Look at how little of the wall is shown in the thumbnail compared to the pastel. In the thumbnail, I’m focusing on the design made by the tree trunks. (You can also see the hint of a possible figure.) In my pastel, I include quite a bit of the wall. I think that’s because I was so taken by the turquoise colour. You can see below that the wall is a prime part of the second thumbnail I tried. I think there is a residue of this thumbnail in the pastel painting!
Anyway, wanted to share this lesson with you. Follow your thumbnail sketch!!
I’d love to hear from you!
Until next time,
As you may know, I’m spending a couple of weeks in La Manzanilla, Mexico. I’m finally settled in and the sun has once again graced us with its presence (the whole weekend was cloudy but that was still okay as it was WARM!). Realizing I had a blog post due, I finally set up a still life yesterday to get me warmed up before I head out to plein air later this week.
What to paint? It was my honey’s Cam’s body brush and shaving things that caught my eye this time and I thought, what the heck. So I set up the items on a table outside.
First the thumbnail:
Outside of course means changing light! The shadow created by the can of shaving cream and the brush soon disappeared leaving only the shadow under the razor. Luckily I had my thumbnail sketch to consult!
Here’s the pastel progression:
And there you have it. What do you think? Have you ever painted shaving things? I’d love to hear from you.
Next time, being the end of the month, you’ll be able to wonder at this month’s selection of pastel gems. Then, in a couple of weeks, I’ll have a plein air progression for you of some scene here in La Manzanilla.
PS. Ahhhhh sunsets in La Manzanilla!
In February, I had the pleasure of being in La Manzanilla, Mexico for a week of tango workshops (yay!) followed by a week of relaxing and painting (more yay!). The paintings were done mostly en plein air and over the next few weeks, I’ll share two or three of those pieces.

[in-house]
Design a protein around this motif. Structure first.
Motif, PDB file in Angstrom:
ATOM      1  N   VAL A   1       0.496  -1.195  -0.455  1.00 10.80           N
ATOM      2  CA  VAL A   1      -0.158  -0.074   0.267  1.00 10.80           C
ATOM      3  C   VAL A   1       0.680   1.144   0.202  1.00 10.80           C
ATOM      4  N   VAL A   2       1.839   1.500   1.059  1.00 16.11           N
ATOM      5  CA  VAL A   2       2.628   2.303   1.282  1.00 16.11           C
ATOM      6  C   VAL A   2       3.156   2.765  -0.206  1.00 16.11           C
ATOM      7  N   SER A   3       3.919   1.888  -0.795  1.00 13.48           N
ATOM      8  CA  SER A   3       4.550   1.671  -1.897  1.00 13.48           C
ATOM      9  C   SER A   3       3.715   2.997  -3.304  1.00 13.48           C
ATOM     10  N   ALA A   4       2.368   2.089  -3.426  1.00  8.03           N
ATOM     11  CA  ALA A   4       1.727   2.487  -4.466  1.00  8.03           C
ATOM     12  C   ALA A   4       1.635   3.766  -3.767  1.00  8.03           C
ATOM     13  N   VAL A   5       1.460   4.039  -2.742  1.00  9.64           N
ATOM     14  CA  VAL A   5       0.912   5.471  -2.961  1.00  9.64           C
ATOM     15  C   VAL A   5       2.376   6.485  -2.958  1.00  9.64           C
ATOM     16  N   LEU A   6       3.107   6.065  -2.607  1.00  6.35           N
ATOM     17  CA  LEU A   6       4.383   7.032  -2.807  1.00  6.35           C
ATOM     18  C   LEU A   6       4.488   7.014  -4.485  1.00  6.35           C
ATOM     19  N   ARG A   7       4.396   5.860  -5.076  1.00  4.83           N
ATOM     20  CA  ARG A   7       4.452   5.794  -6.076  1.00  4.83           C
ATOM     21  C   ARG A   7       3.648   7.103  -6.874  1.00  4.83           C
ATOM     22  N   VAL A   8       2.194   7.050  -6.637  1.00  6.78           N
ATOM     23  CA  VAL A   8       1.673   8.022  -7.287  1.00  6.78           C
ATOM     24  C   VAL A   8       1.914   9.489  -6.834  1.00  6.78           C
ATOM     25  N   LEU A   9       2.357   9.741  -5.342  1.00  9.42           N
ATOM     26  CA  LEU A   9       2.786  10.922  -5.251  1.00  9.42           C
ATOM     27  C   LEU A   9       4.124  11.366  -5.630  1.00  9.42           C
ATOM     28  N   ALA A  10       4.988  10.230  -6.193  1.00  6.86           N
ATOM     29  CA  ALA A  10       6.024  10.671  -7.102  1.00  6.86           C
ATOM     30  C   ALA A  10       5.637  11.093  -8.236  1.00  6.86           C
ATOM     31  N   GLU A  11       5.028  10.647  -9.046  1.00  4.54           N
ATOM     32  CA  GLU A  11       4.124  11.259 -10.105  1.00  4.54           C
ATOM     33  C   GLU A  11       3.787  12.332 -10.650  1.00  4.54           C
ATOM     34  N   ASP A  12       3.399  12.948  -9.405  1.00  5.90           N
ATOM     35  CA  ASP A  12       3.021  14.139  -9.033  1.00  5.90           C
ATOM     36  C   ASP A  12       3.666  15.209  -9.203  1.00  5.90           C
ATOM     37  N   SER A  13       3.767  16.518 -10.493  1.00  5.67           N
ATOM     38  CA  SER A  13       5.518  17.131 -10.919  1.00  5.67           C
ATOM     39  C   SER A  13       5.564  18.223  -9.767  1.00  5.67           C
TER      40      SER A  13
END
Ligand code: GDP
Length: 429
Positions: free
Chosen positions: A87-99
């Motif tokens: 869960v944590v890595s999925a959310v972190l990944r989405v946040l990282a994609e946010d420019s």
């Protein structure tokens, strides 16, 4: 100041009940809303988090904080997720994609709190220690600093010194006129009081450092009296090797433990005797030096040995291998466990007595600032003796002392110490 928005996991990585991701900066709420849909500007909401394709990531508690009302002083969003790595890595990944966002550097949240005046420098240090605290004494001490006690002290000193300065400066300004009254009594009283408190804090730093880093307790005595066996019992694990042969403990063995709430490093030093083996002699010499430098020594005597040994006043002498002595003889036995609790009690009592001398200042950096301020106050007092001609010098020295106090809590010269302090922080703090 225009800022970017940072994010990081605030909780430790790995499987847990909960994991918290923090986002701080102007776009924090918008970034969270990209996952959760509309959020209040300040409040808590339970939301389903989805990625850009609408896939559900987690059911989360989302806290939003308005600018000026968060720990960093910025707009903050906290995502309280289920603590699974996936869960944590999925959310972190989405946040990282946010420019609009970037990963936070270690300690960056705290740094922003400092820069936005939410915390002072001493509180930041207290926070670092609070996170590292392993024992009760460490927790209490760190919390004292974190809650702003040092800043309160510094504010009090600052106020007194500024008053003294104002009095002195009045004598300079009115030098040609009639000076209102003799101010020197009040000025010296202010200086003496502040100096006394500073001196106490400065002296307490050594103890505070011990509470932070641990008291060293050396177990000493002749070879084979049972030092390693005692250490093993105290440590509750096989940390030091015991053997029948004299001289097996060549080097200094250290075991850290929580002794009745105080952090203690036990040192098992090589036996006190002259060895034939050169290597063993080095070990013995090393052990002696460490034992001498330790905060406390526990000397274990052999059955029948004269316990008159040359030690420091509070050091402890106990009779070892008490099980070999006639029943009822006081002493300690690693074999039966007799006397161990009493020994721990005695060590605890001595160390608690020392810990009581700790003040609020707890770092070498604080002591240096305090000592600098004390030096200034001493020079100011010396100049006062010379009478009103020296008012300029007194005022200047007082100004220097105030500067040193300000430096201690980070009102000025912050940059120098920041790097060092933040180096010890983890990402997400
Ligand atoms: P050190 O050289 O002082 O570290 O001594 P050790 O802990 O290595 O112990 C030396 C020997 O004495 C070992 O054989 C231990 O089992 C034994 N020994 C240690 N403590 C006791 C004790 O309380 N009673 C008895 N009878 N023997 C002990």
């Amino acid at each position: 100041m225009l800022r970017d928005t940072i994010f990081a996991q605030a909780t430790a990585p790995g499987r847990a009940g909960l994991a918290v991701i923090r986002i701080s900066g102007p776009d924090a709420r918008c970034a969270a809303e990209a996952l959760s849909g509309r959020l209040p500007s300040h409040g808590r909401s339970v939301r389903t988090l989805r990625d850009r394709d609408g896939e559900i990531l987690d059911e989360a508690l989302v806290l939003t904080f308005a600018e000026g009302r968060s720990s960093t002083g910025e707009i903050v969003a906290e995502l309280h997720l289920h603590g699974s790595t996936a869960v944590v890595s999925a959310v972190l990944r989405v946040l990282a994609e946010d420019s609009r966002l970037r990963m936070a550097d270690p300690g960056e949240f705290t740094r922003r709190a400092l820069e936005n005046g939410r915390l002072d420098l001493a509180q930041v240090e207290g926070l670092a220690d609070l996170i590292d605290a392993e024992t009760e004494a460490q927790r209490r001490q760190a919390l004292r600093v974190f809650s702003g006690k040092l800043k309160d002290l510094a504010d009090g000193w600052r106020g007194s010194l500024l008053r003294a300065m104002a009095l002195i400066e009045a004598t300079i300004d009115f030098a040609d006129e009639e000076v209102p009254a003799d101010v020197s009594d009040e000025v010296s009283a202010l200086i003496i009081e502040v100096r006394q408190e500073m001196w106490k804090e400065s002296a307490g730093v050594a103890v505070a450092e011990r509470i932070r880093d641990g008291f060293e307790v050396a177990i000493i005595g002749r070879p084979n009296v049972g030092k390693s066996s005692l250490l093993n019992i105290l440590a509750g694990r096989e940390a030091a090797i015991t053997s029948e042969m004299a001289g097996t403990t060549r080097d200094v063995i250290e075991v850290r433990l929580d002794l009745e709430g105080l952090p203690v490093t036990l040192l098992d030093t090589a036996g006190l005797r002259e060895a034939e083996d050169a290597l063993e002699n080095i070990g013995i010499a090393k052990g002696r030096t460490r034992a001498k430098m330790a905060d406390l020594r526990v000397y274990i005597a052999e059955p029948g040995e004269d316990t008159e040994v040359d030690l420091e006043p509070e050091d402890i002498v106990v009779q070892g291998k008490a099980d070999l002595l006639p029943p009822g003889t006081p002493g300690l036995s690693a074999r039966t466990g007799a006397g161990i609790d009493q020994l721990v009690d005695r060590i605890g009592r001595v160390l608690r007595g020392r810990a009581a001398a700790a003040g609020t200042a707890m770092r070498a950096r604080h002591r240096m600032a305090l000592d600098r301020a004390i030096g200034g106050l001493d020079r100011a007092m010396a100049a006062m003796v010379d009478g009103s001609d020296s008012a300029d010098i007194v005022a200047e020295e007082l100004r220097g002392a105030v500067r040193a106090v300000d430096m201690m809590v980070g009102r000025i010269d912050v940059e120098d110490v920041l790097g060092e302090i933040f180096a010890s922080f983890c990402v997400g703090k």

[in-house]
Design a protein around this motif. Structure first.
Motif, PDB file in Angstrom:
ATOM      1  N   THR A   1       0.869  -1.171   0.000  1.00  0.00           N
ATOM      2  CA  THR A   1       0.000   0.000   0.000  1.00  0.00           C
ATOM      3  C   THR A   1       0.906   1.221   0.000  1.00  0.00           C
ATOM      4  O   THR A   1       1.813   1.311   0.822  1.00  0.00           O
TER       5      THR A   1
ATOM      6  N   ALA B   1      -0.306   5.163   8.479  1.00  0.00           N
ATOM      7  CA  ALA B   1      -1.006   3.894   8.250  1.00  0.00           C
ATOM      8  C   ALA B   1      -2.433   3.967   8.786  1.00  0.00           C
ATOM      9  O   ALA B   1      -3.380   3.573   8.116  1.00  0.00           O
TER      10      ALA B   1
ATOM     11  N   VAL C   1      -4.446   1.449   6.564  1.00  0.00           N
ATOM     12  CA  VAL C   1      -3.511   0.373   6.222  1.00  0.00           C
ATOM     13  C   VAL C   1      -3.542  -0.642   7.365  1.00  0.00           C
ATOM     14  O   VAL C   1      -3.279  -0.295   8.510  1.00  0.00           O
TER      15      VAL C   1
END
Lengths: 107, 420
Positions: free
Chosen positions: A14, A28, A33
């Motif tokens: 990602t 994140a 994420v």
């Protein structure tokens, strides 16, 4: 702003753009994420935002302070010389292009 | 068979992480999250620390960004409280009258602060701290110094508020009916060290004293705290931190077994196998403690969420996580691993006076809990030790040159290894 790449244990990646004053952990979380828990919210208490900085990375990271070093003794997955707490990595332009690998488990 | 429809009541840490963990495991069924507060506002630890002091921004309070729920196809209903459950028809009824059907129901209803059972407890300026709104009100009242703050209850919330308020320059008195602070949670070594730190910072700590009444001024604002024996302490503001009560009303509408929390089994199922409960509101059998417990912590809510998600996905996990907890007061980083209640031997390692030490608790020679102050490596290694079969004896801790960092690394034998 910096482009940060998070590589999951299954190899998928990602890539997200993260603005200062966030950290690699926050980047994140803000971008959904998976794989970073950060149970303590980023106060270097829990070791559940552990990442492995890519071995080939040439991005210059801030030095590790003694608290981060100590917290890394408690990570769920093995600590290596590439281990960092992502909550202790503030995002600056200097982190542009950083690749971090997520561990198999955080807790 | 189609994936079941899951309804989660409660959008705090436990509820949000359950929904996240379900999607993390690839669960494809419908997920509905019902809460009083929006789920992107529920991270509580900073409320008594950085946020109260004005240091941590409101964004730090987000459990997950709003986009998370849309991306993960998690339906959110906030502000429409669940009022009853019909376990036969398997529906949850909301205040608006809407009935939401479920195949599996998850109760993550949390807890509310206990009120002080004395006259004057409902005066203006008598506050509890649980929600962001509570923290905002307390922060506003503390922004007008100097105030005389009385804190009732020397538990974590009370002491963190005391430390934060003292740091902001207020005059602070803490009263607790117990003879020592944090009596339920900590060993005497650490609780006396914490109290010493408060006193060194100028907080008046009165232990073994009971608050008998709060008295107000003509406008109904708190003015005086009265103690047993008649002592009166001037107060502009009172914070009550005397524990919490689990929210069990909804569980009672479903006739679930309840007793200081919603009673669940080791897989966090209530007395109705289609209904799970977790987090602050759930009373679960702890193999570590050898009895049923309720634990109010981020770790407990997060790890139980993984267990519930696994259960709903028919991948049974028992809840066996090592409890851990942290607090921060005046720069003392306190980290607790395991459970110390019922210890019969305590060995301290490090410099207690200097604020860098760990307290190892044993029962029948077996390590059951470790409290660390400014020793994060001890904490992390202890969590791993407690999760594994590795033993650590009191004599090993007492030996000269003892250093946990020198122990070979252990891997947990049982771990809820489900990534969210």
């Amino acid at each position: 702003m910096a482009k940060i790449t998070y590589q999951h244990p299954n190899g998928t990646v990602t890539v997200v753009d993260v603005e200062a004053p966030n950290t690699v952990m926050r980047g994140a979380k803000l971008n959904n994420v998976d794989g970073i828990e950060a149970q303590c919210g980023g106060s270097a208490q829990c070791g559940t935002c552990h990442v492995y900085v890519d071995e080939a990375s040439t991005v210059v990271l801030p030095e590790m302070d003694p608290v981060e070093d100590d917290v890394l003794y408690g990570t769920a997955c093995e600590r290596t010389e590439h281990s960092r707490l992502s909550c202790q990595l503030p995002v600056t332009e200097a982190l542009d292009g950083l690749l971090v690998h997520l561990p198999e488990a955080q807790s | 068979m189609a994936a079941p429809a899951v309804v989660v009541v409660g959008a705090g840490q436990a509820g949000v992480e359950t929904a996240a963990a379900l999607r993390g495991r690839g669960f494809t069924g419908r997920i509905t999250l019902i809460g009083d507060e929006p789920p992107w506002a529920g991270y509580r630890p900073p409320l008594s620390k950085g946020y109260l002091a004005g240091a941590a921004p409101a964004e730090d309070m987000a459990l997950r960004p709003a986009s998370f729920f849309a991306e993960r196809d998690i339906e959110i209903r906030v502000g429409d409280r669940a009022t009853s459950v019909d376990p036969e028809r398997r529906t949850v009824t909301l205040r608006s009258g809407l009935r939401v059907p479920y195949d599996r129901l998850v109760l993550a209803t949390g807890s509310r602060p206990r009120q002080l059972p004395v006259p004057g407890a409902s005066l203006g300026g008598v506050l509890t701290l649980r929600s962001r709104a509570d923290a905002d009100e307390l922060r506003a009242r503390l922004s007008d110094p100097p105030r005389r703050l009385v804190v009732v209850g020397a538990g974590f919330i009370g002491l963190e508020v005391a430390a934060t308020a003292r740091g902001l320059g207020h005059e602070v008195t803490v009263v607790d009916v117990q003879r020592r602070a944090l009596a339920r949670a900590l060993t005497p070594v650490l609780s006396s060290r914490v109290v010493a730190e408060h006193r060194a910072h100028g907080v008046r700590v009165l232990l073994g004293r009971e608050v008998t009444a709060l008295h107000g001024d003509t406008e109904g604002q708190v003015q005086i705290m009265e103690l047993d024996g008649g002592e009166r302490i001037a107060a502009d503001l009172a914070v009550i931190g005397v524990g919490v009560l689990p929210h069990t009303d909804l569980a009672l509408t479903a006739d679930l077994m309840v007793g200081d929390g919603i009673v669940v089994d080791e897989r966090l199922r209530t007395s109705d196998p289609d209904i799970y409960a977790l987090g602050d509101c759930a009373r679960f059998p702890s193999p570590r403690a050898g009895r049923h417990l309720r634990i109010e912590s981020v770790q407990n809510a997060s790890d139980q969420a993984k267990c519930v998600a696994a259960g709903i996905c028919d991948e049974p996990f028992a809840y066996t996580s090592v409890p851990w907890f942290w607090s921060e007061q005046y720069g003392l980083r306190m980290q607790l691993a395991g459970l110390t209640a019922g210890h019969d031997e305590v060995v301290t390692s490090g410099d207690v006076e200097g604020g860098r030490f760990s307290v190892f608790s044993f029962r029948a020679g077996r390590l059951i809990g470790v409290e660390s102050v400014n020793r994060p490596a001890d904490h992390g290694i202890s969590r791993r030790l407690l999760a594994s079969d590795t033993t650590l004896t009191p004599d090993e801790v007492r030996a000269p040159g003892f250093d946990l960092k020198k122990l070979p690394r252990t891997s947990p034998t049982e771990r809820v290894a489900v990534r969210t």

The one I’m going to show you this time was an experiment. As many of you know, I generally paint with a limited palette. I decided to try using my very small set of Schminke pastels – only 11 colours to choose from so, in this case, the choice of pastels was severely limited. Eek!
I can’t decide whether the pastel is finished and if it isn’t, should I just keep working on it with the Schminke limited selection or should I bring in some other colours. At the end of this post, I’d like you to help me out with your thoughts.
So let’s take a look. (These photos were taken on site with my iPhone so, sorry, they aren’t the greatest.)
Once home in Canada, I am wondering if a cropped version of the plein air piece will work better. What do you think?
So that’s it. It was a delightful day to be out painting. I sat under a coconut tree and listened to the waves and the chatter of birds and people as they passed by. Nothing beats being outside, en plein air, working on a piece of art. When you look at your work weeks later, you re-live the scene and everything that you experienced. Wonderful.
Okay, time to get your feedback. Is it finished and if not, what suggestions? I also need a title….
I do look forward hearing from you!!
Until next time,
PS. Here’s the scene I painted